ISO 27001 FAQs
It has been ‘harmonized’ with other management standards such as ISO 14001 and ISO 9001 and thus follows the Plan-Do-Check-Act (PDCA) model and the concept of continual improvement.
Here are 3 successful information security strategies:
- Define a strategic and comprehensive risk management focus, rather than just reacting to security incidents one by one;
- Have a defined risk assessment methodology that systematically identifies and evaluates risks before security controls are selected and implemented;
- Identify and value the organization’s most critical assets and assure an understanding of the threats to those assets along with the consequences of a security failure.
- Identify the Information Assets(people, process, technology)/ Asset Owners / Custodians that are a part of the scope
- Identify the Threats/Vulnerabilities applicable to those Assets
- Rate the Confidentiality, Integrity, Availability (C,I,A)
- Assign the Threat Probability and Impact Rating
- Assign Controls for the identified threats that are above the Acceptable Risk Rating
Once the above set of activities is completed, you can arrive at the Risk Treatment Plan and Statement of Applicability (SOA). This completes your Risk Assessment / Risk Management process.
Different certification bodies or registrars tend to differ in their approaches to the certification, with some being more ‘hands on’ than others. However, the following steps are very typical:
- Questionnaire (the Certification Body obtains details of your requirements)
- Application for Assessment (you complete the application form)
- Pre-assessment Visit or ‘Gap Analysis’.
- The Stage 1 Audit (a ‘Document Review’). Sometimes called Phase 1 audit.
- The Stage 2 Audit (sometimes called Phase 2 or ‘Compliance Audit’)
The current ISO 27001 version was published in October 2005. There are no plans to update it soon.
- Market differentiation due to prestige, image and external perception
- Qualify for lower premiums for cyber security risk insurance
- Certifiable, Proven, Defensible, Cost-Effective, Recognition of Best Practices
- Demonstrated due diligence to maintain certification through semi-annual surveillance visits
- Increases awareness regarding information security
- Helps establish proven information security controls throughout the organization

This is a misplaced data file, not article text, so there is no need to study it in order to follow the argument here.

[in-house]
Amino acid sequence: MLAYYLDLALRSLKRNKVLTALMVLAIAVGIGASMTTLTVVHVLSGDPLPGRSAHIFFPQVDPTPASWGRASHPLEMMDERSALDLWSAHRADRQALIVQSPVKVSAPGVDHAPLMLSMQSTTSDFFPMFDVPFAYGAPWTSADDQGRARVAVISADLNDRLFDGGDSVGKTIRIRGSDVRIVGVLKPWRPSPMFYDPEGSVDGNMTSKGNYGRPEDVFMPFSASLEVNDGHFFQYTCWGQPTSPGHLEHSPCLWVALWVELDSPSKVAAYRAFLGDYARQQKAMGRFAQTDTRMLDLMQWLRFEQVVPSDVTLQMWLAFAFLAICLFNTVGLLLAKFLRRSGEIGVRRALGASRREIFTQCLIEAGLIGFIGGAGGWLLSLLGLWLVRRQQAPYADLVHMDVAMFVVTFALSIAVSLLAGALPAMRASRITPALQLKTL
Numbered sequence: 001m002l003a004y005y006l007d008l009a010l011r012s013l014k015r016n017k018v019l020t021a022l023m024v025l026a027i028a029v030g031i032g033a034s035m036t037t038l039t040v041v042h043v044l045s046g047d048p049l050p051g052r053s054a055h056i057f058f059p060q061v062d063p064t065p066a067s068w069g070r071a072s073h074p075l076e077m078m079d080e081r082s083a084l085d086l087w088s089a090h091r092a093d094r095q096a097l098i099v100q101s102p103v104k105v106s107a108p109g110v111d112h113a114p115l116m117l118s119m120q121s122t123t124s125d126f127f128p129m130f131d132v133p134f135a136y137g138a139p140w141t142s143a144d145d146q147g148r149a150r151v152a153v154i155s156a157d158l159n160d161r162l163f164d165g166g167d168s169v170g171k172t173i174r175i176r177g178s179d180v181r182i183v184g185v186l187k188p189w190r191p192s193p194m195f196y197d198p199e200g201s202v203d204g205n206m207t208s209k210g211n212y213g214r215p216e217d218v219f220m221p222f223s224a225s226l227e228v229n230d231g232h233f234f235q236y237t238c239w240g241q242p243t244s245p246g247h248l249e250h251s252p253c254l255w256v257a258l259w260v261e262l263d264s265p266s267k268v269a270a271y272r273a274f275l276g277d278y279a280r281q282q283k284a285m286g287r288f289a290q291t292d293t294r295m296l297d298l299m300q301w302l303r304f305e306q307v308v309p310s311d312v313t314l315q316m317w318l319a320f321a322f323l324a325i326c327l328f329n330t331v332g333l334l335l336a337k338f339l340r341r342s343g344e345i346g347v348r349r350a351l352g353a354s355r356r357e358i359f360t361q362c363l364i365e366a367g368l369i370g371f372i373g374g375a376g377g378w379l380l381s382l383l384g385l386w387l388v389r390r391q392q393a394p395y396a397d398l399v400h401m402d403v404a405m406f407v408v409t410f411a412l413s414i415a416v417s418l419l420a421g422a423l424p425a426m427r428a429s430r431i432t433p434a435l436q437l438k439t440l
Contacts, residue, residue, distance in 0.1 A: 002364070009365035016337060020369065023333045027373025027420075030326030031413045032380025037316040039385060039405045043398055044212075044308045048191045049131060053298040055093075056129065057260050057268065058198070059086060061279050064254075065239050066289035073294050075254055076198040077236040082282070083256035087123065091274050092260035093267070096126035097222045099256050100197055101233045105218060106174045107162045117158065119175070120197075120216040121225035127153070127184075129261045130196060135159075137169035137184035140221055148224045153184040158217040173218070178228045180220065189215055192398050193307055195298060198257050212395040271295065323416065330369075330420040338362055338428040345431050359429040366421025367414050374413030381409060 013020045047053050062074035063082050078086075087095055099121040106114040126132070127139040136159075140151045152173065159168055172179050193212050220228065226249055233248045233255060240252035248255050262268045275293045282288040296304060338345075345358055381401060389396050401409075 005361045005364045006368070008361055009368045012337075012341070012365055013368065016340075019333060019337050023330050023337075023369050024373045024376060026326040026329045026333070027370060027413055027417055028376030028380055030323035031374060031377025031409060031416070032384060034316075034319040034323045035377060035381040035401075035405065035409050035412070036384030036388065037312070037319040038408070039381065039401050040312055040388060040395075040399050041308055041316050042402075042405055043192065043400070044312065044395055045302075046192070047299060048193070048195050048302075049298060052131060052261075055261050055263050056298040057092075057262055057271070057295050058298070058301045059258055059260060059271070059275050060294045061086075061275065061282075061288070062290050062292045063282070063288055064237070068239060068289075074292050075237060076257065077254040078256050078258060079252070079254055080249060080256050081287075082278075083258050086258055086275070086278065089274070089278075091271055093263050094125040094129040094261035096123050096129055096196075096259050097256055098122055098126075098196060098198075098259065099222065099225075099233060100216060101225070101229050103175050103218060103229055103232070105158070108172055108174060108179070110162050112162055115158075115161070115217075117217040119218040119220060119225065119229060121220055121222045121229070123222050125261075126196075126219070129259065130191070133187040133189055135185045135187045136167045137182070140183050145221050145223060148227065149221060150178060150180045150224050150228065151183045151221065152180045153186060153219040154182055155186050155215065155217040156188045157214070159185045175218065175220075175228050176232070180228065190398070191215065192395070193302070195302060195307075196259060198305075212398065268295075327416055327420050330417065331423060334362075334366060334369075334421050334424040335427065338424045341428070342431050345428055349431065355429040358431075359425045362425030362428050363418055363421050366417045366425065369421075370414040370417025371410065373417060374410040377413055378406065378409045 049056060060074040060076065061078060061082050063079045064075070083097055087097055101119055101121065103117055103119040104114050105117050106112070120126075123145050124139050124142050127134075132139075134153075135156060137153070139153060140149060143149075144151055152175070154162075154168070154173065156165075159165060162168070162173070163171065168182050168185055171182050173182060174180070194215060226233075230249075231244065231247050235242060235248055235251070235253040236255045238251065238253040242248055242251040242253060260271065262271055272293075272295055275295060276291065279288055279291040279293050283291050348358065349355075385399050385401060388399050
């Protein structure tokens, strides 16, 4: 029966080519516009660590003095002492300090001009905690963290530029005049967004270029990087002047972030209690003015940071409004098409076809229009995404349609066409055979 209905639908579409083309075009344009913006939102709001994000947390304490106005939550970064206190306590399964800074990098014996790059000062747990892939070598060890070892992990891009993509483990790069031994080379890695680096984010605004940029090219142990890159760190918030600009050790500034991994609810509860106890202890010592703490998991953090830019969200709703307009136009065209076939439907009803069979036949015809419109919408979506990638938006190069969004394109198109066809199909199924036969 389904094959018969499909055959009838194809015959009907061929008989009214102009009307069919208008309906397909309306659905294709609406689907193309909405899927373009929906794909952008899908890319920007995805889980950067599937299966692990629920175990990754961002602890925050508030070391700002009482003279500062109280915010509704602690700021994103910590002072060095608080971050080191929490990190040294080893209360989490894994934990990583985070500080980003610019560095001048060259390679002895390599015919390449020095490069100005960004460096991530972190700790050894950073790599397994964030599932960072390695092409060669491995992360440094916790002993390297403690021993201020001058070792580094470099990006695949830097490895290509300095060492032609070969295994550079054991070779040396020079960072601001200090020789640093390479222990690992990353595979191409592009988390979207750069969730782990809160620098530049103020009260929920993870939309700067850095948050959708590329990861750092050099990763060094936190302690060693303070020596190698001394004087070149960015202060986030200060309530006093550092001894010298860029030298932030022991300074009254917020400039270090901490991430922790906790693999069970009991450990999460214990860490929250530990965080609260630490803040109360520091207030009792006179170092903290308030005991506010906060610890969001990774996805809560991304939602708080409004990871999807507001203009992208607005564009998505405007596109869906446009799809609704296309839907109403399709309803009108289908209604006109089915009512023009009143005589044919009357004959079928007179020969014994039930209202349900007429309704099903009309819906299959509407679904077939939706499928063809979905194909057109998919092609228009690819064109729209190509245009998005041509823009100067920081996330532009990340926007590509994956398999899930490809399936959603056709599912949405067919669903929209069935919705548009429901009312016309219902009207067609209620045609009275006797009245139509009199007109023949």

- Increases employee and customer confidence
- Ensures information assets and risks are controlled
- Improve reputation through elimination or reduction of information security incidents or events
- Creates a framework for future continual improvement
The clauses basically explain how to apply the standard itself, and how to build and operate an information security management system.
Annex A is a list of 133 controls organized into 10 sections, intended to serve as requirement for identifying the range of controls needed for most situations where information systems are used in industry and commerce. They are listed and briefly explained on Annex A; however these same controls are broadly described in the new ISO 27002.
- Scope of the ISMS
- ISMS Policy
- Risk assessment approach
- Risk assessment report
- Risk treatment plan
- Statement of Applicability (SOA)
- Selection and implementation of the controls on Annex A
- One completed Internal Audit cycle
- One Management Review cycle
Periodic audits are typically conducted every 6 months or every year – depending on the registrar and the contract signed with the organization. Periodic audits are normally lesser in days than the original certification audits.
A re-certification audit involves the auditing of all requirements of the standard and may be equal in length as the original certification audit.
The standard itself is intended to be used in conjunction with ISO 27001 (this is a specification for a management system: part of which –Annex A – is the selection of controls as appropriate). Those controls are broadly described by ISO 27002.